Intended for healthcare professionals


FDA restricts use of erythropoiesis stimulating drugs

BMJ 2010; 340 doi: (Published 22 February 2010) Cite this as: BMJ 2010;340:c1050
  1. Janice Hopkins Tanne
  1. 1New York

    The US Food and Drug Administration and a manufacturer of erythropoiesis stimulating agents have announced a new safety plan for use of these drugs in patients with cancer.

    Studies found that when the drugs were used in patients with cancer they caused tumours to grow faster and led to earlier deaths in some patients (Clinical Cancer Research 2008;14:3242, doi:10.1158/1078-0432.ccr-07-1872; CMAJ 2009;180:e62-71, doi:10.1503/cmaj.090470). In April 2008 the FDA required the manufacturer, Amgen, to establish a risk management programme for these drugs.

    The FDA said that such a programme was needed to ensure that the drugs’ benefits “outweigh the risks of shortened overall survival and/or increased tumour progression or recurrence as identified in clinical studies in patients with breast, non-small cell lung, head and neck, lymphoid and cervical cancers.”

    The drugs are epoetin alfa (marketed in the United States as Procrit and Epogen) and darbepoetin alfa (marketed as Aranesp), by Amgen and Centocor Ortho Biotech Products, part of Johnson and Johnson. The drugs stimulate bone marrow to produce more red cells. They are used to treat anaemia related to chemotherapy in patients with cancer.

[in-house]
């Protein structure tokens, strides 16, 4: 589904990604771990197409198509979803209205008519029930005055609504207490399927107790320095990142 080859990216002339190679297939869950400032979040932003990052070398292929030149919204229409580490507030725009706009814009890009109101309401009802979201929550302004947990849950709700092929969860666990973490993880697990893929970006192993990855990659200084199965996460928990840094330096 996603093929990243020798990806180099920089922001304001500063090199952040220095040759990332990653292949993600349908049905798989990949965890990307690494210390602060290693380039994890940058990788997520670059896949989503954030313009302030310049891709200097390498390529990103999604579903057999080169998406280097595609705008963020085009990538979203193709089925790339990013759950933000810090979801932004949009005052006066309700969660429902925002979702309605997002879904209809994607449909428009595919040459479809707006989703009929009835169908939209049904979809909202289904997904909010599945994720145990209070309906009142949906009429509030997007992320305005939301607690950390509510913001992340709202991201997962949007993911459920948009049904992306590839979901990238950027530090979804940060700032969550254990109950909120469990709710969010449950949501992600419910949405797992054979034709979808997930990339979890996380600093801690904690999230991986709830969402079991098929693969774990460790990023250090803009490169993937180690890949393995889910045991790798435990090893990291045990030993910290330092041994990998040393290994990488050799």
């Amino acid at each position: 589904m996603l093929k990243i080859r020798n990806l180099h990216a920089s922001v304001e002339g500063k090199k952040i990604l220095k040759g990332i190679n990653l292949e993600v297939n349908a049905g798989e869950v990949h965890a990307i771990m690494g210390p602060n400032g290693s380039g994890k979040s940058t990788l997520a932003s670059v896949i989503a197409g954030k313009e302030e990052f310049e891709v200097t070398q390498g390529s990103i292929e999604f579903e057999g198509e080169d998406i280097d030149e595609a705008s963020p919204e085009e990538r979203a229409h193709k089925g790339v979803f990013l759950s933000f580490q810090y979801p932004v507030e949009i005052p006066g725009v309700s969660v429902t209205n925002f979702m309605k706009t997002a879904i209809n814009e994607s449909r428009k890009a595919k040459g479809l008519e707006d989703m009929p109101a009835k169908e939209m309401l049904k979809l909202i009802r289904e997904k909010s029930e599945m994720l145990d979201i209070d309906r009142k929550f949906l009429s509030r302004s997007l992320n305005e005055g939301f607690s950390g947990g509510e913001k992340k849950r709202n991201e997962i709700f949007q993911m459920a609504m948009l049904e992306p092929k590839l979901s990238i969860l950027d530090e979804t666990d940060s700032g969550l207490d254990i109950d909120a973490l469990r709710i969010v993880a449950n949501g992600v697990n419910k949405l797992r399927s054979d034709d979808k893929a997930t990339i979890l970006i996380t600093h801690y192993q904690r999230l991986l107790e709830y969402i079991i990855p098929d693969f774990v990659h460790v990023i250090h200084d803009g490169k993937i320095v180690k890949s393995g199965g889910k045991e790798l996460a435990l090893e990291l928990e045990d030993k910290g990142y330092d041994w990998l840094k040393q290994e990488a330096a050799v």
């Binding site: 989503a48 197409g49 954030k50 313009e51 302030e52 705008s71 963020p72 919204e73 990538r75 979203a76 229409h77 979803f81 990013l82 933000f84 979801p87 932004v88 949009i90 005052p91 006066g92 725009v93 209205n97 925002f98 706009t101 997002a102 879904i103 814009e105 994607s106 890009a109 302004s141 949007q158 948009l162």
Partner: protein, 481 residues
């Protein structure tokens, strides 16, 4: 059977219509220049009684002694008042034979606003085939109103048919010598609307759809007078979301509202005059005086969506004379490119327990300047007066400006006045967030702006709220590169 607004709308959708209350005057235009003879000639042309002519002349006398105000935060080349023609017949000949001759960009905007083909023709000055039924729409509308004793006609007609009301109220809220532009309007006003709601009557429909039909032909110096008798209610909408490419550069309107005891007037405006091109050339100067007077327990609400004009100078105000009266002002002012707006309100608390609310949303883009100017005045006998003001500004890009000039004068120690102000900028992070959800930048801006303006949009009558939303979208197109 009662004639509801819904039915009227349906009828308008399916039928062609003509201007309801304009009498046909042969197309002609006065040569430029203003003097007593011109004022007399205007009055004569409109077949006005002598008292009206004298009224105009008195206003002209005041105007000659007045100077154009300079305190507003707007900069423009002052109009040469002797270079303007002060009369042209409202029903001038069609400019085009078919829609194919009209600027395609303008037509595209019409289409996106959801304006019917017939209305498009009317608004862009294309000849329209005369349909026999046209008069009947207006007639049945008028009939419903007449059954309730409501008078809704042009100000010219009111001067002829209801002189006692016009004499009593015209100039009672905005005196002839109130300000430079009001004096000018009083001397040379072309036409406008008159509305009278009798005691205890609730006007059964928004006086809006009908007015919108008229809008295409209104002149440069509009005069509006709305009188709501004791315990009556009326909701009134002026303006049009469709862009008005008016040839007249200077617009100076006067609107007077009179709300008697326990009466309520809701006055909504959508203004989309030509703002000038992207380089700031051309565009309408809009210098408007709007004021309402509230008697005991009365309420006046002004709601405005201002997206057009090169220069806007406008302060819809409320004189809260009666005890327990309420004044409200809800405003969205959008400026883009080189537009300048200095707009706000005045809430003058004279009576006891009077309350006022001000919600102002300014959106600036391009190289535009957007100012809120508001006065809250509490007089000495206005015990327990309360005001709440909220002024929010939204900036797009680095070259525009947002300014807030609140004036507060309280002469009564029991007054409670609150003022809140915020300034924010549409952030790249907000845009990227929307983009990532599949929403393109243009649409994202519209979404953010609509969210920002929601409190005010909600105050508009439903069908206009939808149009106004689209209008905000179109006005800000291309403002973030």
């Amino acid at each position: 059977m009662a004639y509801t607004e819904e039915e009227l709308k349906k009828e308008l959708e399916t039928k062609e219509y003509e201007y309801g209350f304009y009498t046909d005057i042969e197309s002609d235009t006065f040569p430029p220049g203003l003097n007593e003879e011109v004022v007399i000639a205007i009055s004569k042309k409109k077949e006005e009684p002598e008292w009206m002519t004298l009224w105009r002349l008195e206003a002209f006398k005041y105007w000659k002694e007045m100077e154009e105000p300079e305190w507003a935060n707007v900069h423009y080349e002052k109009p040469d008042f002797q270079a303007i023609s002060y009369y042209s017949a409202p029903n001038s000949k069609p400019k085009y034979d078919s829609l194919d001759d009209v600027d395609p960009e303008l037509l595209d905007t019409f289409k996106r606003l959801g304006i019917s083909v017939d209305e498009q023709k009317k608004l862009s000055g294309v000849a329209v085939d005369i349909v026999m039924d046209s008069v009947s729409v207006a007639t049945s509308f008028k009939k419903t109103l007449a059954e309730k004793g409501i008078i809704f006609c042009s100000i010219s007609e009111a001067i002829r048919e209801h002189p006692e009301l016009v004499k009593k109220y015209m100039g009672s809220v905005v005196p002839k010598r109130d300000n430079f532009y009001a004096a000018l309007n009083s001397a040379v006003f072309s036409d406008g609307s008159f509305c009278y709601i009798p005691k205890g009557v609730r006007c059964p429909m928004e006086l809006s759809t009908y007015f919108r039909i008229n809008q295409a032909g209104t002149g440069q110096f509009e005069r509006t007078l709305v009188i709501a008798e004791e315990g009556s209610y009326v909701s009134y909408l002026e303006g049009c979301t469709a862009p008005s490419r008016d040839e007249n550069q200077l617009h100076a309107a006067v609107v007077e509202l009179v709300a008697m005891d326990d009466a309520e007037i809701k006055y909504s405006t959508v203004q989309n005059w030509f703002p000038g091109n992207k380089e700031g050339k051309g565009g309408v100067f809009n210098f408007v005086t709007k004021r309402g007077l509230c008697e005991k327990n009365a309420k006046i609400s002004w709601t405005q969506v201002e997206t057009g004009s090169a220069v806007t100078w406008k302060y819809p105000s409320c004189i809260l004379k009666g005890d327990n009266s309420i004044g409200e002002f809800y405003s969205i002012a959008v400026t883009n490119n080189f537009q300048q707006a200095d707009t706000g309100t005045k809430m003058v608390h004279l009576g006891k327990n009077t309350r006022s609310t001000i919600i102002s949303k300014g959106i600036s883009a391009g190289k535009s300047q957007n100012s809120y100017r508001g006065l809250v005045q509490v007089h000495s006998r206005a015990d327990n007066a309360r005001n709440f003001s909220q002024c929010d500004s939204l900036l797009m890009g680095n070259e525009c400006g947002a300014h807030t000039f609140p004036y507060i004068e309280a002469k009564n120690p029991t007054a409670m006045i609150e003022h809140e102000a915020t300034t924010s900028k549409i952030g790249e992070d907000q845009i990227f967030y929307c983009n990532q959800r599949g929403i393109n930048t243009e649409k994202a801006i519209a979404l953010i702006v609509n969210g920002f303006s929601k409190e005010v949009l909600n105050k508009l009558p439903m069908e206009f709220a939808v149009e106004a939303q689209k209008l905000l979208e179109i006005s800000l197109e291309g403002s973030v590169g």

The drugs are also used to treat anaemia in patients undergoing dialysis, people with chronic renal failure, and some other patients, but the risk management programme applies only to their use in patients with cancer.

    The new risk evaluation and mitigation strategy requires health professionals to give patients receiving the drugs a guide on how to use the drugs safely.

    If health professionals are giving the drugs to patients with cancer they must also participate in Amgen’s “assisting providers and cancer patients with risk information for the safe use of ESAs [erythropoiesis stimulating agents]” (APPRISE) programme, a part of the risk evaluation programme. Amgen must make sure that these health professionals maintain active enrolment in the APPRISE programme, complete a training module on how to use these drugs in cancer patients, and discuss with patients the risks, benefits, and FDA approved uses of the drugs before the patients begin treatment with them. They must also get a written acknowledgement of the discussion from the patient.

    “Amgen is also required to oversee and monitor healthcare professionals and hospitals that use ESAs for patients with cancer to ensure that these caregivers are fully compliant with all aspects of the overall risk management programme,” FDA said in a statement.

    Roger Perlmutter, executive vice president for research and development at Amgen, said, “This programme supports a thoughtful dialogue between healthcare providers when considering ESA treatment.”

    To support the programme, Amgen and Centocor Ortho Biotech will send a letter to healthcare providers introducing the rationale for the programme, its objectives, requirements for training and enrolment, and the consequences of not enrolling. From 24 March healthcare providers who prescribe the drugs and hospitals that dispense them will be able to enrol in the APPRISE programme through its website (


    Cite this as: BMJ 2010;340:c1050

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